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Smith, 47, spoke candidly to "Good Morning America” co-anchor Robin Roberts about issues surrounding Hollywood and diversity after it was revealed the 20 major acting nominees nominations for this year’s Oscars, for the second year in a row, are all white.
"We've discussed it," Smith said, referring to his wife, actress Jada Pinkett Smith. "We're part of this community but at this current time, we're uncomfortable to stand there and say that this is OK."
“My wife’s not going. It would be awkward to show up with Charlize [Theron]," Smith joked of attending the Feb. 28 ceremony with a different leading lady.
Smith says he was out of the country when his wife announced on social media that she would be skipping this year's Oscars but supports her all the way.
"She's deeply passionate and when she is moved she has to go,” Smith said of Pinkett Smith. “I heard her words and I was knocked over. I was happy to be married to that woman."
"There is a position that we hold in this community, and if we're not part of the solution, we're part of the problem,” he added. “It was her call to action, for herself, and for me and for our family to be a part of the solution."
Director Spike Lee has also said he would not be attending the Oscars this year -- telling "GMA" that he is going instead to a New York Knicks basketball game -- and stars from George Clooney to Lupita Nyong'o have also spoken out about the lack of diversity in nominees.
Smith, a two-time Oscar nominee, called the diversity that is lacking in this year's nominees "the American superpower."
"That's why we are great," Smith said of America’s diversity. "So many different people from so many different places adding their ideas, their inspiration and their influences to this beautiful American gumbo."
"For me, at its best, Hollywood represents and then creates the imagery for that beauty," Smith said. "But for my part, I think that I have to protect and fight for the ideals that make our country and make our Hollywood community great." "So when I look at the series of nominations of the Academy, it's not reflecting that beauty," he said.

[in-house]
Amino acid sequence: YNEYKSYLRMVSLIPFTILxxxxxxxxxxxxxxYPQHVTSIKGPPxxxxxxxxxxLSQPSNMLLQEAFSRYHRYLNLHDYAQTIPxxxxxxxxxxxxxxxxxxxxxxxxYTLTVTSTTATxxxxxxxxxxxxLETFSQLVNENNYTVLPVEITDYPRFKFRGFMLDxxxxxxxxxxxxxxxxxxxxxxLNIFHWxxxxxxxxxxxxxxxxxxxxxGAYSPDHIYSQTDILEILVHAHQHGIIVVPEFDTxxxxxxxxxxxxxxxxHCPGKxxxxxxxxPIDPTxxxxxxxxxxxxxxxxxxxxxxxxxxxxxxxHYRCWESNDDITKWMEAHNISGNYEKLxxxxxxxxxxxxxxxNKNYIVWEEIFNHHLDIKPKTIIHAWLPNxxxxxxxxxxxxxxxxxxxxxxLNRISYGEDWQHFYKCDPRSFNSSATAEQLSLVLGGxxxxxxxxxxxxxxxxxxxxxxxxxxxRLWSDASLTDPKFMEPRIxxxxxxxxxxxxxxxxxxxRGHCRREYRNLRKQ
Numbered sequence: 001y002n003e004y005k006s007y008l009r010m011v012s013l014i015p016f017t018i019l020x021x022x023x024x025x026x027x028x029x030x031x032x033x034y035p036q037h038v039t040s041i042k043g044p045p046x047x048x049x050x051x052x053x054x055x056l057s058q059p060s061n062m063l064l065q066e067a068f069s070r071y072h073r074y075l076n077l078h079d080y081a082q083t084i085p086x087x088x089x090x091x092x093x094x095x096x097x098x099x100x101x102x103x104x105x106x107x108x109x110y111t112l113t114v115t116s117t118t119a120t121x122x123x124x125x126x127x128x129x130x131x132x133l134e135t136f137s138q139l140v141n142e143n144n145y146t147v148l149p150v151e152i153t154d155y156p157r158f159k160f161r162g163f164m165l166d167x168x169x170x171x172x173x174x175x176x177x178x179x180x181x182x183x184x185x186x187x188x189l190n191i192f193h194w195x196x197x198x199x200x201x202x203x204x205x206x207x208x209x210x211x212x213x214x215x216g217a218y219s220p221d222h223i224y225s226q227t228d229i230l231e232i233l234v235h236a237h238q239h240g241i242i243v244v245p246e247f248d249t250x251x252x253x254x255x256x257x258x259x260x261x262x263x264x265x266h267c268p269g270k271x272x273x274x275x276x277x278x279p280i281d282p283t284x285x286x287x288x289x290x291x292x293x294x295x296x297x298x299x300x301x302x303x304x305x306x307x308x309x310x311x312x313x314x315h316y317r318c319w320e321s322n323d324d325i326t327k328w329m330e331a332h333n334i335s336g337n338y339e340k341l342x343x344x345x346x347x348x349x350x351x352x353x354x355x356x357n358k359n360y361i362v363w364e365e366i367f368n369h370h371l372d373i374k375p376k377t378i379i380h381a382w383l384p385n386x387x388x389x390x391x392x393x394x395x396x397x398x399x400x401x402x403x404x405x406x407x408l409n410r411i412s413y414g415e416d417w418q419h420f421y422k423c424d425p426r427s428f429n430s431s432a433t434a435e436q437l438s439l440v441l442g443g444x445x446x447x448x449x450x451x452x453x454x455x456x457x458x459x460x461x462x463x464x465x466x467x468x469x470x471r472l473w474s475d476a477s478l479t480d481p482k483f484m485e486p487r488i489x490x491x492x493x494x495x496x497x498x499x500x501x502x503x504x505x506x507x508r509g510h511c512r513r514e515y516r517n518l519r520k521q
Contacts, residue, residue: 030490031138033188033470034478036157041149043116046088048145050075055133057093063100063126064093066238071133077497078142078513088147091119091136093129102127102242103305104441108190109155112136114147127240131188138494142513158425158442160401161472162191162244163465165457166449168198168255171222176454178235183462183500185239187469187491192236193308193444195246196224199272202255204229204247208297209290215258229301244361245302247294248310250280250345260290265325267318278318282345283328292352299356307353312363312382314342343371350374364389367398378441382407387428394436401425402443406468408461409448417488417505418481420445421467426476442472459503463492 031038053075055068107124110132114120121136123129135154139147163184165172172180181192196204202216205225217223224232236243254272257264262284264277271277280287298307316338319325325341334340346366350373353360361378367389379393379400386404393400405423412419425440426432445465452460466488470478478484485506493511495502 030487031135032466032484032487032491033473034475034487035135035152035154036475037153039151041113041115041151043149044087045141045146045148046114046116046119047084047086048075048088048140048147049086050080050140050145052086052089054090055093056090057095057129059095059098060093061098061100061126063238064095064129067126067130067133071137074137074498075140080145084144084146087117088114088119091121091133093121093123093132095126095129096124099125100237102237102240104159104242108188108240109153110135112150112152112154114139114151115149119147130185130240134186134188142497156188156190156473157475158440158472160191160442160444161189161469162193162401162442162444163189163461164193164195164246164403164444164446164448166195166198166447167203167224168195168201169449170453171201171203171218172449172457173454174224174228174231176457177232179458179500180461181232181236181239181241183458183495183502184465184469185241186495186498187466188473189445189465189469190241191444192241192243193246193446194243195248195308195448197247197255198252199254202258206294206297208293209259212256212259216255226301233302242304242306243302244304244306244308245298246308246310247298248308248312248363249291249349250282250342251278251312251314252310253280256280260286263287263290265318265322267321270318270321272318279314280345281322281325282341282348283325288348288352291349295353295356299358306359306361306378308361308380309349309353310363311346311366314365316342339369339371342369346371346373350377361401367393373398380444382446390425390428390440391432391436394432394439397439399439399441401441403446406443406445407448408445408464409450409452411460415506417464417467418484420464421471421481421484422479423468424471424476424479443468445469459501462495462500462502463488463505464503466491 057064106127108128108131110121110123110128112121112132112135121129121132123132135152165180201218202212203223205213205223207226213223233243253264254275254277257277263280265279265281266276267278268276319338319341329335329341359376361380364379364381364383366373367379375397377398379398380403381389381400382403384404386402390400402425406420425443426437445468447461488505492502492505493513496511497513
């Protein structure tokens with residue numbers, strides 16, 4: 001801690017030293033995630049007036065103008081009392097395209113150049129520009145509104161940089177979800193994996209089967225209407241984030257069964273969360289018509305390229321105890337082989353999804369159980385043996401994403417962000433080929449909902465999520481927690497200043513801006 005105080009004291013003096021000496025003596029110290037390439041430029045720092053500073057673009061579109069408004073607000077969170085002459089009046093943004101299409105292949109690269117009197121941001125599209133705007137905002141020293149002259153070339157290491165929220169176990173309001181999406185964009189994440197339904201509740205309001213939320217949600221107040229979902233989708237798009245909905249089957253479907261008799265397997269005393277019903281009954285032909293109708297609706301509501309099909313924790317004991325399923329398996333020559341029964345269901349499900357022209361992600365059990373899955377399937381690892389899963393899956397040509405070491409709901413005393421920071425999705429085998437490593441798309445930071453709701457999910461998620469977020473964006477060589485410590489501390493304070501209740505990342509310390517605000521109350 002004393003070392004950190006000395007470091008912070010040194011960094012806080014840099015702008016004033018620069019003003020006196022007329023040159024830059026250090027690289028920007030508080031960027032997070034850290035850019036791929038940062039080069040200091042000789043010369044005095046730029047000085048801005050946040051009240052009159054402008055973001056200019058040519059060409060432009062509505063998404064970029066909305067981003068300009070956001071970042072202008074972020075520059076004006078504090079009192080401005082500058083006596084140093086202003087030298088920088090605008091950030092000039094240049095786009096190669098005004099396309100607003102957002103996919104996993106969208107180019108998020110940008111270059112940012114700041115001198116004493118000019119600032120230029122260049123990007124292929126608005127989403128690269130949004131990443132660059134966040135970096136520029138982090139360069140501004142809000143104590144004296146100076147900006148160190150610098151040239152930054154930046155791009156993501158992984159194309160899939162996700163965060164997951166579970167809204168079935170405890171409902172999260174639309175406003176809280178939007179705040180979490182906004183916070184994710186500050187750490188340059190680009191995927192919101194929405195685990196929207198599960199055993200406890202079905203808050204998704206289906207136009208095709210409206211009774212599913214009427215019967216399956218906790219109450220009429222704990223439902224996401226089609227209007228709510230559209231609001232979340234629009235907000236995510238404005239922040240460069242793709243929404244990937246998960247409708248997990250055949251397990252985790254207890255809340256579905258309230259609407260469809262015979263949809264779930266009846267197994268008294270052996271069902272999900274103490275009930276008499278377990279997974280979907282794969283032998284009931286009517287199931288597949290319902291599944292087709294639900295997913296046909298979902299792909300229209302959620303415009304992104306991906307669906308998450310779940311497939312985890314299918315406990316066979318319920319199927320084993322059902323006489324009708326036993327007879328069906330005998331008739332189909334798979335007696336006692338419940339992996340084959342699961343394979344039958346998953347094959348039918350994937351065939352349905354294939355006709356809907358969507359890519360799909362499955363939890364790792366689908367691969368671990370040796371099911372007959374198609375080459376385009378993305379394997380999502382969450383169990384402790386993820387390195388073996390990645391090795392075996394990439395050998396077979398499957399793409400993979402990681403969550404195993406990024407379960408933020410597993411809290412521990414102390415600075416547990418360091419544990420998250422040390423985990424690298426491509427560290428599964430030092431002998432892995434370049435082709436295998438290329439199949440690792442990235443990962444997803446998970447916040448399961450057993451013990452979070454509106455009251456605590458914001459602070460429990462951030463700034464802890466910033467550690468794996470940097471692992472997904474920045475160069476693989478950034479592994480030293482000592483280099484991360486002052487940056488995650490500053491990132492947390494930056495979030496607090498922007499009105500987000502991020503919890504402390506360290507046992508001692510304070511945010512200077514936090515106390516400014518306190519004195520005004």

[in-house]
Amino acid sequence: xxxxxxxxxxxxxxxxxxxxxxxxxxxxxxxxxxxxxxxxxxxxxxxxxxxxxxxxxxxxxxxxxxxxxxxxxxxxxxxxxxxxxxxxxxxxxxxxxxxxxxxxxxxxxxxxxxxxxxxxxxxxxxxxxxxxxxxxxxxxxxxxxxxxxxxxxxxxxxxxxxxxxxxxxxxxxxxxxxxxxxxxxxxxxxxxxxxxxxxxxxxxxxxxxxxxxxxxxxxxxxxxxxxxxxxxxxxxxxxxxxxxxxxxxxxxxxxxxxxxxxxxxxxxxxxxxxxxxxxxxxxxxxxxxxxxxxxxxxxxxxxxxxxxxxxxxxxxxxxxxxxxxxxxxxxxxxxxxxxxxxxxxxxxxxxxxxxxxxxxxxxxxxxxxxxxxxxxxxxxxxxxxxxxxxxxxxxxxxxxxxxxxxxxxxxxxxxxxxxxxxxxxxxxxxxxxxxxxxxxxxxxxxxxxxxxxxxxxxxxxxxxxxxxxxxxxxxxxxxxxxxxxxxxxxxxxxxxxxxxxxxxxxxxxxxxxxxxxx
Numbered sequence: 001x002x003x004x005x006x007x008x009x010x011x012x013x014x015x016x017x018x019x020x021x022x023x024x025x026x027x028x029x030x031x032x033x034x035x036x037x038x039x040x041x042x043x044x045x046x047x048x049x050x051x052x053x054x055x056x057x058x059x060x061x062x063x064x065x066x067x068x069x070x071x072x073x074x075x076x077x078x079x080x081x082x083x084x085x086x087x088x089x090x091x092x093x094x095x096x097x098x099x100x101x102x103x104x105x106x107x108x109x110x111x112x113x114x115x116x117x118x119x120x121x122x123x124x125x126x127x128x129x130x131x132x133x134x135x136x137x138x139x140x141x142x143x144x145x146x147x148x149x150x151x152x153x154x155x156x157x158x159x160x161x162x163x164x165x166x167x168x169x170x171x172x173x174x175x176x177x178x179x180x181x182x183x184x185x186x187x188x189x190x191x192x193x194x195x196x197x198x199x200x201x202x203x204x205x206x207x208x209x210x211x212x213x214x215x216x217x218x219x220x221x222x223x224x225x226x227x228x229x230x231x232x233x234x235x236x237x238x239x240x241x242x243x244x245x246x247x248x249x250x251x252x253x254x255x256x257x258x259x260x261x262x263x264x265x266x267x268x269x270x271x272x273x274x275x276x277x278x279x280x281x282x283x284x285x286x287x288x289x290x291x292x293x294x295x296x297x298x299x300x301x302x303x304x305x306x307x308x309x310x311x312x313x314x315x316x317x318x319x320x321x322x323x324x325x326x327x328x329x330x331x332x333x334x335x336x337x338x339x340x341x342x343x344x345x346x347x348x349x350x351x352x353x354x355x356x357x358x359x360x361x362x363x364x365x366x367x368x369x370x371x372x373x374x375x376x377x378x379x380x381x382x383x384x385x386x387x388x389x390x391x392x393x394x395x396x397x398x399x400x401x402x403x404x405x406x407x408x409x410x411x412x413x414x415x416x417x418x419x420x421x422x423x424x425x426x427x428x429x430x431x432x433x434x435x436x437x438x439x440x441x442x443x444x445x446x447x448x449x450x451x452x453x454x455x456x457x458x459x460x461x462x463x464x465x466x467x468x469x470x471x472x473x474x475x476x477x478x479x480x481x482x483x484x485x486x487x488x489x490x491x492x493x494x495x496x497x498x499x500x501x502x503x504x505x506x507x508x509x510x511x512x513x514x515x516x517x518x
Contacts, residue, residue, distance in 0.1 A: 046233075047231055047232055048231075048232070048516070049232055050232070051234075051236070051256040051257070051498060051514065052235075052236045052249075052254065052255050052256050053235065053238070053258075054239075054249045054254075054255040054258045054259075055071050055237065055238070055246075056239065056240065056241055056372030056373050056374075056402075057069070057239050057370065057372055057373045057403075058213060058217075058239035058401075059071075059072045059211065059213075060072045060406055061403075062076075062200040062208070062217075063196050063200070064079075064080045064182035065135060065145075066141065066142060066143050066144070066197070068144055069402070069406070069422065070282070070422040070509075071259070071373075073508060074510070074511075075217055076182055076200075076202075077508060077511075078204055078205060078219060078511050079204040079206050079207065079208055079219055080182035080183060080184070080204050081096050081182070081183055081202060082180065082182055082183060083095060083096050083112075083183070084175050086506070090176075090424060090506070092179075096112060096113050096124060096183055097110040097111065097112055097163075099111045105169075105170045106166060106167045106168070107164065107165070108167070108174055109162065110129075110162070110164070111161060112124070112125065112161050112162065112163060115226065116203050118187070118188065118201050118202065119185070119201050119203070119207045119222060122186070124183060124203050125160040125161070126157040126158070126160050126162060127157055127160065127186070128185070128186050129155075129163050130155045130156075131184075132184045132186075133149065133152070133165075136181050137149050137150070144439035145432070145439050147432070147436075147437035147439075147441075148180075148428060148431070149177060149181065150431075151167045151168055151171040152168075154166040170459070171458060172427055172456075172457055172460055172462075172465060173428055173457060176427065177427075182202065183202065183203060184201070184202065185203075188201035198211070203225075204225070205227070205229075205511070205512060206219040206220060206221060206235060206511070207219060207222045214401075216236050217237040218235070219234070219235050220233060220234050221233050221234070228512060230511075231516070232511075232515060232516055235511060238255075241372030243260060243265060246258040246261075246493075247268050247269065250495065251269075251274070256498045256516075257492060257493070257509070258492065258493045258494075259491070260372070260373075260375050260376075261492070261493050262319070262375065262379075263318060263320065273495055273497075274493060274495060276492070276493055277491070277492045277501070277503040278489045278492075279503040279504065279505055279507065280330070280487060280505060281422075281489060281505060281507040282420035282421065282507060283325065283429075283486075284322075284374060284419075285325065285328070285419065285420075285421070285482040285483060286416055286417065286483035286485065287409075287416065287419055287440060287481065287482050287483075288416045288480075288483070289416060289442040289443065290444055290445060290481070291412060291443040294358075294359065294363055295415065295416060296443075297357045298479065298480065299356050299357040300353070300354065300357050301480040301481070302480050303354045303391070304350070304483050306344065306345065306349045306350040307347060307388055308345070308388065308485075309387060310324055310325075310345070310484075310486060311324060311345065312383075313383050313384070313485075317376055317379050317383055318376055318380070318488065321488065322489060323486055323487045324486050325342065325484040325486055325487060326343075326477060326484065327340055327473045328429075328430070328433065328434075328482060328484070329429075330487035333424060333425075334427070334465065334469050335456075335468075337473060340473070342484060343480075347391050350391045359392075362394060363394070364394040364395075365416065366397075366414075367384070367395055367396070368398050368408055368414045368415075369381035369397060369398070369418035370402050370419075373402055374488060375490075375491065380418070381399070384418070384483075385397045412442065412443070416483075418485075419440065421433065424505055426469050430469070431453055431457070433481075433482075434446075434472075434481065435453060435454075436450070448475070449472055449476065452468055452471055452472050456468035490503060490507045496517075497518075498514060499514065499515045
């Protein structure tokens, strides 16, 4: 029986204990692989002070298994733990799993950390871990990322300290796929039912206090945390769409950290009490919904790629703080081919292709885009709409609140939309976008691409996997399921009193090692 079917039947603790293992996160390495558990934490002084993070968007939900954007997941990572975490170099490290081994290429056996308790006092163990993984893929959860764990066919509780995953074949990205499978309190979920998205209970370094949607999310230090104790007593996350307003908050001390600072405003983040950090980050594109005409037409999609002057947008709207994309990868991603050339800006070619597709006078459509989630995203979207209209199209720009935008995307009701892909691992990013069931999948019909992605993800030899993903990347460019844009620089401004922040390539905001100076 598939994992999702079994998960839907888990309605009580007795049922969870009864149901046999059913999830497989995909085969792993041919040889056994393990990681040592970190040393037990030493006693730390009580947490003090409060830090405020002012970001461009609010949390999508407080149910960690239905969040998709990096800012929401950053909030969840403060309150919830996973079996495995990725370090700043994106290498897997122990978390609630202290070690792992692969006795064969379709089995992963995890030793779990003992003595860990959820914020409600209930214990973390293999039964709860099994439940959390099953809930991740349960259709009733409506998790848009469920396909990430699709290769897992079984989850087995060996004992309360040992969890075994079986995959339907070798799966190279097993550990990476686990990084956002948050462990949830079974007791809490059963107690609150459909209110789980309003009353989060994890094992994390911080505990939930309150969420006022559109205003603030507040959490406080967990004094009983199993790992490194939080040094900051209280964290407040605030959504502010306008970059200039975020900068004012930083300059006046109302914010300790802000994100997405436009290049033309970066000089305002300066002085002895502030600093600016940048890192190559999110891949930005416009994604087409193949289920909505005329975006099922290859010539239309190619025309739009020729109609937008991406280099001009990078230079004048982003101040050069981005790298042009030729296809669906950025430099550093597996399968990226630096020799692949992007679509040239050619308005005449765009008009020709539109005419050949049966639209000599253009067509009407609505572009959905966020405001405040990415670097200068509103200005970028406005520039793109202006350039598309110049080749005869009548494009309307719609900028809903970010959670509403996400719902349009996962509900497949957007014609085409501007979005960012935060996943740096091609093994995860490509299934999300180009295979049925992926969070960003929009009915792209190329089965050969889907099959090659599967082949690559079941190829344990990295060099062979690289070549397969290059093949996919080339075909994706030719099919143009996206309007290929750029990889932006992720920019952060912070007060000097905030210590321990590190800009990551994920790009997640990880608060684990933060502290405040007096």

Smith said it was "huge" for him that the two times he has been nominated for an Oscar - 2001 for "Ali" and 2006 for "The Pursuit of Happyness" - he lost to African-American actors, Denzel Washington and Forest Whitaker.
“Everyone is beautiful and deserving and is fantastic, but it feels like it’s going the wrong direction,” Smith said of this year’s nominees
“The nominations reflect the Academy. The Academy reflects the industry [Hollywood] and then the industry reflects America,” Smith said. “There is a regressive slide towards separatism, towards racial and religious disharmony and that’s not the Hollywood that I want to leave behind.
“That’s not the industry, that’s not the America I want to leave behind,” he added.
The star says he believes his wife's decision to not attend this year's Oscars is bigger than just a disappointment that Smith did not receive a nomination for his role in "Concussion."
"There's probably a part of that in there but, for Jada, had I been nominated and no other people of color were, she would have made the video anyway," Smith said. "We'd still be here having this conversation. This is so deeply not about me.
"This is about children that are going to sit down and they're going to watch this show and they're not going to see themselves represented," he said.
Like Spike Lee, Smith said he believes the lack of diversity at the Oscars is part of a bigger problem in Hollywood.
"At this point, the Academy is 94 percent Caucasian and 77 percent male,” Smith said of the group that decides Oscar nominees. “It's just difficult to get a diverse cultural sampling from that group.
“It's a systematic bias that needs to be addressed across the industry,” Smith said, revealing that he spoke this week with Academy president Cheryl Boone Isaacs, who is also African-American, about the issue.
Smith, who credits Quincy Jones for helping him navigate Hollywood, says greater diversity has to be achieved.
“We make movies, it’s not that serious, except that it plants seeds for dreams,” Smith said. "There's a disharmony that is brewing in our country and in our industry that I want no part to that.”
"This is a marriage and I look it as this sort of big, giant multi-interracial marriage but the marriage is in a space where divorce is not an option," Smith added. "We're all in this together. We got to figure it out and we got to make it right."
Smith says he has a mission to "leave an industry in better shape than I found it."
"Part of the beauty of this country is the ability to disagree. Part of what makes us great is, historically, the best answer tends to win," Smith said. "I say, let's keep debating. Let's do our best to keep it in love and keep it in light."